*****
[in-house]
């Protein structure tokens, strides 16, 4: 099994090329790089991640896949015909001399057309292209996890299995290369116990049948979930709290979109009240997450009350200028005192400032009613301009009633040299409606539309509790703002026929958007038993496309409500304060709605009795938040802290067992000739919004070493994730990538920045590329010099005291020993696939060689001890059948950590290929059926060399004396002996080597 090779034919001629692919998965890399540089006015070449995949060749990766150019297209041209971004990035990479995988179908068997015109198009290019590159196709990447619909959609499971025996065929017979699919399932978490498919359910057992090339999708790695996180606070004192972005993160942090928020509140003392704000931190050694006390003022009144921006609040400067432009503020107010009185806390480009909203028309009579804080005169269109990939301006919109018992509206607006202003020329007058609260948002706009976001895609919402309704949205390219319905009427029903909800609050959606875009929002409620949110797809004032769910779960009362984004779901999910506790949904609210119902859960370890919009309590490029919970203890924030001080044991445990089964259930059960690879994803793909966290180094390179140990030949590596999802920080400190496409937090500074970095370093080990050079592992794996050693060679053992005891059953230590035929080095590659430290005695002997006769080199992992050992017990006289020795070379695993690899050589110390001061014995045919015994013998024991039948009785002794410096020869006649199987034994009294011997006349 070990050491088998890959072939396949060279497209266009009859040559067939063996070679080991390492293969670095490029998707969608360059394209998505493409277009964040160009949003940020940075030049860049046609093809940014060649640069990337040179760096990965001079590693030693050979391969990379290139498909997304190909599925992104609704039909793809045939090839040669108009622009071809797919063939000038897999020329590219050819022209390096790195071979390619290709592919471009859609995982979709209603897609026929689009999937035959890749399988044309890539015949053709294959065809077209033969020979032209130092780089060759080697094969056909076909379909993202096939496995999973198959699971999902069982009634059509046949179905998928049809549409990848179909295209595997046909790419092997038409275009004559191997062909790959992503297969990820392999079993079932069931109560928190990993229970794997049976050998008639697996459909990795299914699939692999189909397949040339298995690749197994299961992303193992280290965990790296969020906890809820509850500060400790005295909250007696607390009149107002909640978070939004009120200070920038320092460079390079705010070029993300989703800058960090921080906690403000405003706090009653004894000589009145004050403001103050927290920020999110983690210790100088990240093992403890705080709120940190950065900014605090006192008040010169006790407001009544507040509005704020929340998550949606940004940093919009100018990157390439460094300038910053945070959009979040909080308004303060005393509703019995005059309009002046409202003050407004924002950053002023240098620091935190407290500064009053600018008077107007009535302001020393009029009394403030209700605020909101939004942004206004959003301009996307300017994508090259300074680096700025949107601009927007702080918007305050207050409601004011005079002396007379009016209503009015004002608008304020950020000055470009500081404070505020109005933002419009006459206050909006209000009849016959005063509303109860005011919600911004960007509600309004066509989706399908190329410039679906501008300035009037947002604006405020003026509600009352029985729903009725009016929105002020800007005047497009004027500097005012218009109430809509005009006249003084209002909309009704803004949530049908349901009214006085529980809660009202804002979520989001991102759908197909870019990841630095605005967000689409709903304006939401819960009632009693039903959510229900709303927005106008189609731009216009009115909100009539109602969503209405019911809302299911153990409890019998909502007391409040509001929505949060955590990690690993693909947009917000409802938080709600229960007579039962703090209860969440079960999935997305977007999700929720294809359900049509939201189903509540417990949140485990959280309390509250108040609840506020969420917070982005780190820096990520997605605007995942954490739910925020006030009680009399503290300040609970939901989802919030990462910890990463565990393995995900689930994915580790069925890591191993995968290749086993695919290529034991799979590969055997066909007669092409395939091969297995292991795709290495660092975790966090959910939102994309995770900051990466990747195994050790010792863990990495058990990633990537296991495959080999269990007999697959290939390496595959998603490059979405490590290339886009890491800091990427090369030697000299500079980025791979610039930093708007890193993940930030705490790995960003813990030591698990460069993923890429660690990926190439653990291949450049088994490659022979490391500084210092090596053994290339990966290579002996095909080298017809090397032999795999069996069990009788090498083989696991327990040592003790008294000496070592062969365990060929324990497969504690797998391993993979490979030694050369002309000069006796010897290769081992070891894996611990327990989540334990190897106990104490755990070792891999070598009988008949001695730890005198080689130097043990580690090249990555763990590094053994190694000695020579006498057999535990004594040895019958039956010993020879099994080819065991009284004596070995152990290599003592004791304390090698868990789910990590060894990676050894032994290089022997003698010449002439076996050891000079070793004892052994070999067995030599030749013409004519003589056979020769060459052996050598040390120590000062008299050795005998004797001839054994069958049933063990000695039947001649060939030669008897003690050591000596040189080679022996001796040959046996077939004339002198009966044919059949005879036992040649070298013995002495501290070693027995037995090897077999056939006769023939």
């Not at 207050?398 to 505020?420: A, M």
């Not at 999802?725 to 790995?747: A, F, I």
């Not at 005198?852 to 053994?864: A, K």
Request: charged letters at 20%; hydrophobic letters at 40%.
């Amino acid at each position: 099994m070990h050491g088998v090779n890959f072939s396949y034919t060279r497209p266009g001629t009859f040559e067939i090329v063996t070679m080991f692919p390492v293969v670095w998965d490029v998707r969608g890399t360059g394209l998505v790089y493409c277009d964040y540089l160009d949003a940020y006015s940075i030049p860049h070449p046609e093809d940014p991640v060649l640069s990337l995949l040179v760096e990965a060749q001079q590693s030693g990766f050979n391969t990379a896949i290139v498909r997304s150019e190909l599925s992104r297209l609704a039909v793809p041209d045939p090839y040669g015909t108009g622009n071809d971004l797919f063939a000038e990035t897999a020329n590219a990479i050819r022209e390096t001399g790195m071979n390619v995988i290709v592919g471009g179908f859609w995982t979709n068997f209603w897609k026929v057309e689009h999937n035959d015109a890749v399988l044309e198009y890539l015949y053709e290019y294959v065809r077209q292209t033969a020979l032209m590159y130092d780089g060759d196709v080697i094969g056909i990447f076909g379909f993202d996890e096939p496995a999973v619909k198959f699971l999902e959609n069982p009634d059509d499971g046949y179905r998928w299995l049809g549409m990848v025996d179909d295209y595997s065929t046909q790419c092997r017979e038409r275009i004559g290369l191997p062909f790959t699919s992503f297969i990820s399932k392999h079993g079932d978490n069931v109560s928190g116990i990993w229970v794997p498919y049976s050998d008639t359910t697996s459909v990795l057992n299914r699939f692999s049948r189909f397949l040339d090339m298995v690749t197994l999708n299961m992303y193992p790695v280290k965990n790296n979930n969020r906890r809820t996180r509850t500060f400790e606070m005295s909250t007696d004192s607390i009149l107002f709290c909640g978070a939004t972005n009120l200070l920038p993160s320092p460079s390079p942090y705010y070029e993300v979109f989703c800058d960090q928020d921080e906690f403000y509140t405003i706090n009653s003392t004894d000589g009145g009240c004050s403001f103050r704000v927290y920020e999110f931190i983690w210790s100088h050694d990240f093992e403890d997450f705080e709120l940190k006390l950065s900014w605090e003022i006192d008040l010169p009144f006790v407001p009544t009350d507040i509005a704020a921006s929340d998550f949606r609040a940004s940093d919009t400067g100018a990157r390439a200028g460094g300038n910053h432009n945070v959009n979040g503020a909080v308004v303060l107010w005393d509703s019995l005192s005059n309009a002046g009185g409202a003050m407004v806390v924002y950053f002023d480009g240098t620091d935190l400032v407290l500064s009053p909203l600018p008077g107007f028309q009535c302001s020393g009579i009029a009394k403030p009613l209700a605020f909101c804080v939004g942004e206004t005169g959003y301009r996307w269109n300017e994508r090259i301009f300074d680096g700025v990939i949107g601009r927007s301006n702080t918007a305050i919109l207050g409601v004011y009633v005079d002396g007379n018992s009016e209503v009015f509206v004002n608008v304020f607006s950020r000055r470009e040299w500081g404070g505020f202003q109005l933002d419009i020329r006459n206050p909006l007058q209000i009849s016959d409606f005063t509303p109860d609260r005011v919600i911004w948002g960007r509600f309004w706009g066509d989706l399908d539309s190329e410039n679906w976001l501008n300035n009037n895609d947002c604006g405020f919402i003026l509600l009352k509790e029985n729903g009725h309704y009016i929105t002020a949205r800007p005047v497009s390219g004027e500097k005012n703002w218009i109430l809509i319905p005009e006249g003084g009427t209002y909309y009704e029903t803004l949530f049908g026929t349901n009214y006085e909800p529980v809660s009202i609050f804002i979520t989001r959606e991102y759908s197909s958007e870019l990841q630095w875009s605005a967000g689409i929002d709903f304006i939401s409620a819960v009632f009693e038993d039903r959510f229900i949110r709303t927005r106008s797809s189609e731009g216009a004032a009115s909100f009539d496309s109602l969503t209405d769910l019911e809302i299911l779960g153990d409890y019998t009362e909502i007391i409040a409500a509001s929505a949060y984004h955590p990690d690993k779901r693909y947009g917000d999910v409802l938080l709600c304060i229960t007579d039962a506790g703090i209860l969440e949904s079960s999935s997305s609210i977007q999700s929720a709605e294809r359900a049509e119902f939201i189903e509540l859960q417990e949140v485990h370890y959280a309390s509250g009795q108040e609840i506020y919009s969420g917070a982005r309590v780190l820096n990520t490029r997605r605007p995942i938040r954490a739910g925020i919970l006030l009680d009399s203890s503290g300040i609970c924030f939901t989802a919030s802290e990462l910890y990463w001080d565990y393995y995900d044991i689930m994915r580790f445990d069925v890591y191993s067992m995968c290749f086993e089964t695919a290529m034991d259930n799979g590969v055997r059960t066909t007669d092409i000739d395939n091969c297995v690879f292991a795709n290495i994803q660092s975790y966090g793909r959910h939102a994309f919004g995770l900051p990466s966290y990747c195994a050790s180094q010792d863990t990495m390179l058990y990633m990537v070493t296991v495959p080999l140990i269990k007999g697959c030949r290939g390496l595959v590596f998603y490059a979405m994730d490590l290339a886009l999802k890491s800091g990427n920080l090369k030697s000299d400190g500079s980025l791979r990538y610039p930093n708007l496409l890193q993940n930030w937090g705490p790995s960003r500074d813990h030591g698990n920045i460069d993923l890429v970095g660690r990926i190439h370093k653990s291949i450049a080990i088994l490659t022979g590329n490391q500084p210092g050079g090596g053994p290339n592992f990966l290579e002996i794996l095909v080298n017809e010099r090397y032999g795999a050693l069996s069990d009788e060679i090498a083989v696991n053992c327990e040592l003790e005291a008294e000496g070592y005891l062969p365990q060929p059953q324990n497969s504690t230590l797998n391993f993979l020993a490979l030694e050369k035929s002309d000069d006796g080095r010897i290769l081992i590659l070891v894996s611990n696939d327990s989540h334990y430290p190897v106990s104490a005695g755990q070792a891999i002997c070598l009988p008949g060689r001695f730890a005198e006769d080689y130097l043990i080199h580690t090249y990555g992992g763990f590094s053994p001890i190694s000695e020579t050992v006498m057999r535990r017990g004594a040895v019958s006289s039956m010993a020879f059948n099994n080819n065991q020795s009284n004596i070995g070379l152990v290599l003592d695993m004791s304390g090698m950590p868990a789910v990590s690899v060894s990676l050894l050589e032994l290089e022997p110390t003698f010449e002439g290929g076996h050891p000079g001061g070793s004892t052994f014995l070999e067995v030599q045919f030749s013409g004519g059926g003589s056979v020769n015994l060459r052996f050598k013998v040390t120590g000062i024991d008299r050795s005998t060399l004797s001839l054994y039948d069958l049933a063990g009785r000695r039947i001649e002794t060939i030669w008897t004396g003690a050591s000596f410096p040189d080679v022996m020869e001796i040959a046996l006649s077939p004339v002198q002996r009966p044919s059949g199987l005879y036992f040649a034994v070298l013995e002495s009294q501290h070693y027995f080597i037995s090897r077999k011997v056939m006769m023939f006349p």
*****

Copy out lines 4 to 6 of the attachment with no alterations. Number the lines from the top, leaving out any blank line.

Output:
């Not at 999802?725 to 790995?747: A, F, I």
């Not at 005198?852 to 053994?864: A, K």
Request: charged letters at 20%; hydrophobic letters at 40%.